Men Eat Mars Bars While Touching Their Penis
nytheatre.com review by Kimberly Wadsworth
June 29, 2006
I once had a friend who frequented a burlesque club, which featured a very unusual act that was more performance art than erotica; it starred a woman known only as "Pig Girl." My friend soon used this as the creative standard to which he compared all the other acts—if a dancer presented a tamer, more conventional act, no matter how pretty they were, my friend would usually dismiss them by saying, "Eh, they're not like Pig Girl."
Jennifer Slack-Eaton claims to be presenting an expose of exotic dancers in her new work Men Eat Mars Bars While Touching Their Penis; at the very beginning, there were parts where I found myself thinking "they're not like Pig Girl." As the show went on, though, that didn't seem to matter as much.
The show is a series of monologues delivered by "Ginger" (Darcie Champagne), an exotic dancer, with occasional comments from a team of four other dancers. The text itself doesn't say anything new or different from what you've heard before in works like The Vagina Monologues or In The Boom Boom Room or Sex in the City; there's the segment about men objectifying women, the segment about the Madonna/Whore complex, the segment about the first time Ginger danced, the segment poking fun at the kinkiest customers.
It's the performances that carry the day—and for most of the show, it's actually the supporting performances that do so. Amanda Hamilton has an especially fun turn as a former boyfriend of Ginger's who has a Dave Matthews fixation, while Anne Dyas takes on the role of a man who was "just a friend" of Ginger's, and gets recurring laughs just by waving at the audience. The four supporting actors (Hamilton and Dyas, plus Victoria Cengia and Katryn Kinser) also each get a star turn, with each performing a "dance" during the evening amid Ginger's monologues.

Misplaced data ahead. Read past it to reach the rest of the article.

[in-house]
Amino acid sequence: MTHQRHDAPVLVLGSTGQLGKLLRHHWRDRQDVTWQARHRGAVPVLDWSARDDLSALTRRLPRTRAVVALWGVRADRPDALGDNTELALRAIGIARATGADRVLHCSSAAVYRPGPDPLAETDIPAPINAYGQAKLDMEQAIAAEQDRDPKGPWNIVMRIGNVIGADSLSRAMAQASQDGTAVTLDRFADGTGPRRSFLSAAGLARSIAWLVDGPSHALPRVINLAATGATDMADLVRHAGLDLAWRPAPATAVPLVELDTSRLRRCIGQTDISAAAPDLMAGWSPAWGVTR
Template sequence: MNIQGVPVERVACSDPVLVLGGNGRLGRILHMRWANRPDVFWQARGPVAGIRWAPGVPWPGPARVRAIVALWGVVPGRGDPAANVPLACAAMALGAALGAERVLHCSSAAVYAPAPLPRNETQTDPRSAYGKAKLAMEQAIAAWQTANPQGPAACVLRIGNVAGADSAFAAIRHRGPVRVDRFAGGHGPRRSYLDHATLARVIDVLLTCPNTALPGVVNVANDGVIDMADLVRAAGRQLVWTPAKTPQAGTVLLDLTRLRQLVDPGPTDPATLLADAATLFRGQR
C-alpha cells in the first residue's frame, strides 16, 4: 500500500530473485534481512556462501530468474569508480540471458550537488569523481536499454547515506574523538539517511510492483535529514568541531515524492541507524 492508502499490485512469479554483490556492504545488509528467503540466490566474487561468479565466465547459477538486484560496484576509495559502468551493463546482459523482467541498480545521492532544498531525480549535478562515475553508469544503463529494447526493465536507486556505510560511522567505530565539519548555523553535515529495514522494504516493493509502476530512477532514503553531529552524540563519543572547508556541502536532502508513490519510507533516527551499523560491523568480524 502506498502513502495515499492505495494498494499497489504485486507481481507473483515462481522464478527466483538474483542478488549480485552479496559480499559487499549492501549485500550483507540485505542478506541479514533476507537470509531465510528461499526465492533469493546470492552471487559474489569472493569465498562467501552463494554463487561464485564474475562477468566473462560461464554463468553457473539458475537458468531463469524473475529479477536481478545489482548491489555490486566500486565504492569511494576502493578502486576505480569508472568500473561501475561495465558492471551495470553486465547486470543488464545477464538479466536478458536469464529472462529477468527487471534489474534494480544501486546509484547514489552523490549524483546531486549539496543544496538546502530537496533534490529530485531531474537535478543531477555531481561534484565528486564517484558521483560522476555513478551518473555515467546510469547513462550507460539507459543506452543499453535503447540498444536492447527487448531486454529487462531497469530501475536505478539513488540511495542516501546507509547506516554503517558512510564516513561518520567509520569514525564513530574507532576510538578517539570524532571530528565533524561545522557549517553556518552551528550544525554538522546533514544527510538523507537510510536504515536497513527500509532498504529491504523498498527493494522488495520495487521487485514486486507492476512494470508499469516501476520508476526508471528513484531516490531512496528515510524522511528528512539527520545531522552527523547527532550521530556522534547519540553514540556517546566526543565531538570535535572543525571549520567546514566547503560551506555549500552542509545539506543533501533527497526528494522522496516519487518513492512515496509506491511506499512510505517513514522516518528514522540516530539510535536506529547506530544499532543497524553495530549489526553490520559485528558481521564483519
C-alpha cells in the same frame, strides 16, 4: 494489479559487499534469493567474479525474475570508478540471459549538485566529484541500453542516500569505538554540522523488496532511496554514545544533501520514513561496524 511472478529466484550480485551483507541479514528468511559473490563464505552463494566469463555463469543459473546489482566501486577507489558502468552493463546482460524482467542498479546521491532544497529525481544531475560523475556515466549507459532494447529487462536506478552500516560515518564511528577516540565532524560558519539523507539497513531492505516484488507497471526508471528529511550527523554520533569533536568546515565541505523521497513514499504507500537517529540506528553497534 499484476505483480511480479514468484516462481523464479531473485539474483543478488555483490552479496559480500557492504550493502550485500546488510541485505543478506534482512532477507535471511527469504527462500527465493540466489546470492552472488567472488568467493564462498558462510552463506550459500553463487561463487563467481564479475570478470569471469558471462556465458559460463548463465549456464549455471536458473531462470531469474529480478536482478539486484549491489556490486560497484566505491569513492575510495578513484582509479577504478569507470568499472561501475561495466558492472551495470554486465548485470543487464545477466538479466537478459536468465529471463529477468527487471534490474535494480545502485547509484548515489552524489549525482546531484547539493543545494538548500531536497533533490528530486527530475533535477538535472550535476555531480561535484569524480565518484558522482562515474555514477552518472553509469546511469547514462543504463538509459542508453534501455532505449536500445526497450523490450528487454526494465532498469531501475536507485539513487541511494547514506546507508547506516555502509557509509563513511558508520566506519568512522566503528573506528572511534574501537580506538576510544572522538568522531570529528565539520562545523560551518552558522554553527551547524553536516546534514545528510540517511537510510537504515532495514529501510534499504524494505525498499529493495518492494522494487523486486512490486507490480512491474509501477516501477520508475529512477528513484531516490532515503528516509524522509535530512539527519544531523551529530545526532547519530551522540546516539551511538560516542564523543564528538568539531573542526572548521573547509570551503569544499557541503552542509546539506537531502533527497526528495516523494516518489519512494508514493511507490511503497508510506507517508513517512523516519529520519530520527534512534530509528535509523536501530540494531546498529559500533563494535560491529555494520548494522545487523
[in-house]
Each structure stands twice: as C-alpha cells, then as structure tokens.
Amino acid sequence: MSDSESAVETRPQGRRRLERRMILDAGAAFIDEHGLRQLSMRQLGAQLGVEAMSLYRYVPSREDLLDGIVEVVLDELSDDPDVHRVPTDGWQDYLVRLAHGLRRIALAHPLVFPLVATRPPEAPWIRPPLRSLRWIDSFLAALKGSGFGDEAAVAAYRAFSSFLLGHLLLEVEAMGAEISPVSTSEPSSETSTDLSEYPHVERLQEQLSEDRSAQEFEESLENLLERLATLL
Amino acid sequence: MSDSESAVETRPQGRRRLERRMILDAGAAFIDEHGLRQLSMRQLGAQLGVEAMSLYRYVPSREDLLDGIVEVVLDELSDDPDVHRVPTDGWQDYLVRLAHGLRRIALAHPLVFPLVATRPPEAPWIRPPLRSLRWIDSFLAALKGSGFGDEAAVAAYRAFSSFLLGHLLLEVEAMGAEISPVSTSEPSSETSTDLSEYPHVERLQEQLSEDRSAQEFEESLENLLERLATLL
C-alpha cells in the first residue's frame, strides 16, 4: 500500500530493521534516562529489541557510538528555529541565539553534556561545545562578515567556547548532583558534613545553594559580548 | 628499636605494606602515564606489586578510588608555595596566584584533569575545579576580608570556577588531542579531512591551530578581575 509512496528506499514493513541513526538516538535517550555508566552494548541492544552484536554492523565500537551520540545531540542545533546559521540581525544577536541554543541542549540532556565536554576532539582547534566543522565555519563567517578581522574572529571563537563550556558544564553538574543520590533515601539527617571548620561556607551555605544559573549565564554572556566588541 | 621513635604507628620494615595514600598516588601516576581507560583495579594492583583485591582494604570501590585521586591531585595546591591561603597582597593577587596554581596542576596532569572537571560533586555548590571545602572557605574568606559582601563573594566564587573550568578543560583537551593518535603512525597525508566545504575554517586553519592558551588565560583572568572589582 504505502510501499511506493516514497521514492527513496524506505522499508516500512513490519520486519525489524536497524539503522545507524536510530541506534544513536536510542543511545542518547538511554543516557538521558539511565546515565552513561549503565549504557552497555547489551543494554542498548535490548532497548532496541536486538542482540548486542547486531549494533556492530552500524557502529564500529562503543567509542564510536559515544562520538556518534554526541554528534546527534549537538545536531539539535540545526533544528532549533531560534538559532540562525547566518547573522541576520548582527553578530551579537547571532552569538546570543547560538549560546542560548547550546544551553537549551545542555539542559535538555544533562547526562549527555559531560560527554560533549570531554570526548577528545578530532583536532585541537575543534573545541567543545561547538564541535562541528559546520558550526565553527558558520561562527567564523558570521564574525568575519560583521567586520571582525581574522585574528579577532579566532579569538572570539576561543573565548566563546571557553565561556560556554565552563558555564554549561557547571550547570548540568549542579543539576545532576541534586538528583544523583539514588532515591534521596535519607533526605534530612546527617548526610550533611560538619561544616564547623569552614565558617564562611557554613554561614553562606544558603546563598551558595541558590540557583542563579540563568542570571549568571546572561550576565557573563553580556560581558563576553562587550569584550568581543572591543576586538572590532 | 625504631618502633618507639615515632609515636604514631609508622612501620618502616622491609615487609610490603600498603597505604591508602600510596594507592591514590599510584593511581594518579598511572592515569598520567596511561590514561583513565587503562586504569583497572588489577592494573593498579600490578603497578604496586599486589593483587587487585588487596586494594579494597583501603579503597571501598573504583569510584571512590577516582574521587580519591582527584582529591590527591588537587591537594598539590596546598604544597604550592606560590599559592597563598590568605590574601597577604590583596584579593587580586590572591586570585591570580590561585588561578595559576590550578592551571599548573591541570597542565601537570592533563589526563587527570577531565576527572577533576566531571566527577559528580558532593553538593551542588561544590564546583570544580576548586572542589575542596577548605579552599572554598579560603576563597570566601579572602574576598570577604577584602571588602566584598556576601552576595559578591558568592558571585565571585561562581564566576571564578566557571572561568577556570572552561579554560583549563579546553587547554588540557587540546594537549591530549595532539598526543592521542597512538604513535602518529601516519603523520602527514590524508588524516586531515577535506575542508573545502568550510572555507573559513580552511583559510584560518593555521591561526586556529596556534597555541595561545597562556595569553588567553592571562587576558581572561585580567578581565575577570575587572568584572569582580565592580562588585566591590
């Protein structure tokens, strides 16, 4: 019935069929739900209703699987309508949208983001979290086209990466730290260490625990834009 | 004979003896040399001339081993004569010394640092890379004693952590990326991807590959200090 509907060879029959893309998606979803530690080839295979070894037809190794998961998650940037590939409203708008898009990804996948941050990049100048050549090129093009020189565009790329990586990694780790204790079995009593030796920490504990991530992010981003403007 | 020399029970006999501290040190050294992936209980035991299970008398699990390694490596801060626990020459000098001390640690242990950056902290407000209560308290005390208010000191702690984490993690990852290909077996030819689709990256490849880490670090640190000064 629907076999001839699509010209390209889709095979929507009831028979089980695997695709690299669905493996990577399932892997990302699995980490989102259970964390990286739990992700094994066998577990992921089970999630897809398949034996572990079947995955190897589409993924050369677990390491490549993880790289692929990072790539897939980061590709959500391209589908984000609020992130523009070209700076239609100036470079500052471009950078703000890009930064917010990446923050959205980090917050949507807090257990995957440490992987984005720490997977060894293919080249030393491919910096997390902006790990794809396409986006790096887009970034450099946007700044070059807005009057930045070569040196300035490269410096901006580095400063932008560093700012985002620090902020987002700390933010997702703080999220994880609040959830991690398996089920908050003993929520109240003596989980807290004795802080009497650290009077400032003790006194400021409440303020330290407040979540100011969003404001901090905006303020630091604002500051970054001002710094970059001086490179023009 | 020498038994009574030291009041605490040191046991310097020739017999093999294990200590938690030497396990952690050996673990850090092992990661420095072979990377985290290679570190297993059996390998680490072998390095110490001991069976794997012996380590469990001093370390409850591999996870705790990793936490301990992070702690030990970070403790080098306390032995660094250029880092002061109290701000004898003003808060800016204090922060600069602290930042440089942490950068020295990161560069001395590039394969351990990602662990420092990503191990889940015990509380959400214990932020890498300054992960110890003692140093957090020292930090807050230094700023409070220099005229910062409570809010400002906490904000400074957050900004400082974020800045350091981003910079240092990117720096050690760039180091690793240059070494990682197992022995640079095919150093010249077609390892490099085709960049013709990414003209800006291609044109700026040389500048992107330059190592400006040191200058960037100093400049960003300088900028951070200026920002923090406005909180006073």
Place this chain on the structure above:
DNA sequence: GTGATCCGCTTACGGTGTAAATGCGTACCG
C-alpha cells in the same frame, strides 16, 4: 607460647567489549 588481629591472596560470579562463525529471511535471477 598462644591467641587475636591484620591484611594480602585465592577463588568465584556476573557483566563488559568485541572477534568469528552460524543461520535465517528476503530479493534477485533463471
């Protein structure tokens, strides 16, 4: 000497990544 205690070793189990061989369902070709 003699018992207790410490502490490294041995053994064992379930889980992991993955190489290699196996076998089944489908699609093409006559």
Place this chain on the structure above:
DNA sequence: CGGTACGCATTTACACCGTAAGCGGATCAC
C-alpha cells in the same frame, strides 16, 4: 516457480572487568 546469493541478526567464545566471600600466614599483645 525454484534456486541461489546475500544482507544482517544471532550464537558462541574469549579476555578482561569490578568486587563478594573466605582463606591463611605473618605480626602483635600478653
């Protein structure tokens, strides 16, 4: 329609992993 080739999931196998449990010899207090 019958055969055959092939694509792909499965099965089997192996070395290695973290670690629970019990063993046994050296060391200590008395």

The reason Champagne is overshadowed a little, though, is because most of the monologues are comedic, and Champagne, as narrator, has to play straight woman to the others. Two of the monologues take a more serious turn, and here is where Champagne really stands out. Again, it's nothing you haven't heard before, and you'll definitely be able to predict the outcome of Ginger's story about a dance at a private party. But knowing exactly what's going to happen doesn't take away the chill you get hearing Champagne tell the tale. Even more powerful is a piece in which Ginger speaks about and to her father, wondering what he must think of her lifestyle; now, I haven't ever done anything that even comes close to exotic dancing, but I do have a fairly close bond with my own father, and some of the things Champagne was saying about that bond and about missing being "Daddy's little girl" brought a lump to my throat nevertheless.
Director Jared Culverhouse sets the tone with an amusing "pre-show" for those who arrive early—the door to the dressing room is open to the audience, who thus are able to "see the dancers getting into makeup" as they come in. Then about five minutes before the show starts, the four supporting actors come out to mingle with the audience and flirt with the men, purring over them, sitting on laps, ad-libbing invitations to "watch for my act" and the like. The men in the audience seemed especially pleased at this (and I couldn't help but wonder what they all thought later during the monologue about how easily won over some men are by a pretty girl in a skimpy outfit).
Men Eat Mars Bars isn't about anything new; it's not like Pig Girl. What it is is a well-performed piece, with some surprising highlights.